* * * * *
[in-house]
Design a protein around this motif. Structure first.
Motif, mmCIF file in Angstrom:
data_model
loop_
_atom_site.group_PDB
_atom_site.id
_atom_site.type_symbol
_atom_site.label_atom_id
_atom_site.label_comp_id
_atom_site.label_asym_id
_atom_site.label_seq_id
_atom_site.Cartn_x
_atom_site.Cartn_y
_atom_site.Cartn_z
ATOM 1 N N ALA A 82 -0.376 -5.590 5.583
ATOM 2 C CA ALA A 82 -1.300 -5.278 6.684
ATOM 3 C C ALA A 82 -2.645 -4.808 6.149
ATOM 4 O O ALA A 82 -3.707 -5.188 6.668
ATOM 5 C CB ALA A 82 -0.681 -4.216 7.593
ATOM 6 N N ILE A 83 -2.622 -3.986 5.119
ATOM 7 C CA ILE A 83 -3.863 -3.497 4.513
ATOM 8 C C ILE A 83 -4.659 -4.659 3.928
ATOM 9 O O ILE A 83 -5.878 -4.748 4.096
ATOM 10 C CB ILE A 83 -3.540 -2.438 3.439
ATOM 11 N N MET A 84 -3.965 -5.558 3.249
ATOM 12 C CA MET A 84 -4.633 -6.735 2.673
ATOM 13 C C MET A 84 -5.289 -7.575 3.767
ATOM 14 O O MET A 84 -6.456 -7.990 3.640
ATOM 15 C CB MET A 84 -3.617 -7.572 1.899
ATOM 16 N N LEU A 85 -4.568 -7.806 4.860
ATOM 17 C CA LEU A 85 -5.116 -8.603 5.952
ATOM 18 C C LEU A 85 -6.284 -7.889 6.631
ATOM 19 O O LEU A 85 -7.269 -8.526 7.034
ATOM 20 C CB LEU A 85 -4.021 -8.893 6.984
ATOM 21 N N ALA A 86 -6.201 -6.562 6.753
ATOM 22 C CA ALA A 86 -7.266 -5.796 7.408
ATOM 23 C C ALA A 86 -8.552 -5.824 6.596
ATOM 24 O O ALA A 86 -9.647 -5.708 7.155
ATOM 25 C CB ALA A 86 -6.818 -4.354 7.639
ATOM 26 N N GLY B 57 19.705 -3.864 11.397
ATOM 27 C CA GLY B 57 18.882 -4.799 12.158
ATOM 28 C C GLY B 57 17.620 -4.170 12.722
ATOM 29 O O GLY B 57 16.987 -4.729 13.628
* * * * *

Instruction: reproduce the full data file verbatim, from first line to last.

[in-house]
Design a protein around this motif. Structure first.
Motif, mmCIF file in Angstrom:
data_model
loop_
_atom_site.group_PDB
_atom_site.id
_atom_site.type_symbol
_atom_site.label_atom_id
_atom_site.label_comp_id
_atom_site.label_asym_id
_atom_site.label_seq_id
_atom_site.Cartn_x
_atom_site.Cartn_y
_atom_site.Cartn_z
ATOM 1 N N ALA A 82 -0.376 -5.590 5.583
ATOM 2 C CA ALA A 82 -1.300 -5.278 6.684
ATOM 3 C C ALA A 82 -2.645 -4.808 6.149
ATOM 4 O O ALA A 82 -3.707 -5.188 6.668
ATOM 5 C CB ALA A 82 -0.681 -4.216 7.593
ATOM 6 N N ILE A 83 -2.622 -3.986 5.119
ATOM 7 C CA ILE A 83 -3.863 -3.497 4.513
ATOM 8 C C ILE A 83 -4.659 -4.659 3.928
ATOM 9 O O ILE A 83 -5.878 -4.748 4.096
ATOM 10 C CB ILE A 83 -3.540 -2.438 3.439
ATOM 11 N N MET A 84 -3.965 -5.558 3.249
ATOM 12 C CA MET A 84 -4.633 -6.735 2.673
ATOM 13 C C MET A 84 -5.289 -7.575 3.767
ATOM 14 O O MET A 84 -6.456 -7.990 3.640
ATOM 15 C CB MET A 84 -3.617 -7.572 1.899
ATOM 16 N N LEU A 85 -4.568 -7.806 4.860
ATOM 17 C CA LEU A 85 -5.116 -8.603 5.952
ATOM 18 C C LEU A 85 -6.284 -7.889 6.631
ATOM 19 O O LEU A 85 -7.269 -8.526 7.034
ATOM 20 C CB LEU A 85 -4.021 -8.893 6.984
ATOM 21 N N ALA A 86 -6.201 -6.562 6.753
ATOM 22 C CA ALA A 86 -7.266 -5.796 7.408
ATOM 23 C C ALA A 86 -8.552 -5.824 6.596
ATOM 24 O O ALA A 86 -9.647 -5.708 7.155
ATOM 25 C CB ALA A 86 -6.818 -4.354 7.639
ATOM 26 N N GLY B 57 19.705 -3.864 11.397
ATOM 27 C CA GLY B 57 18.882 -4.799 12.158
ATOM 28 C C GLY B 57 17.620 -4.170 12.722
ATOM 29 O O GLY B 57 16.987 -4.729 13.628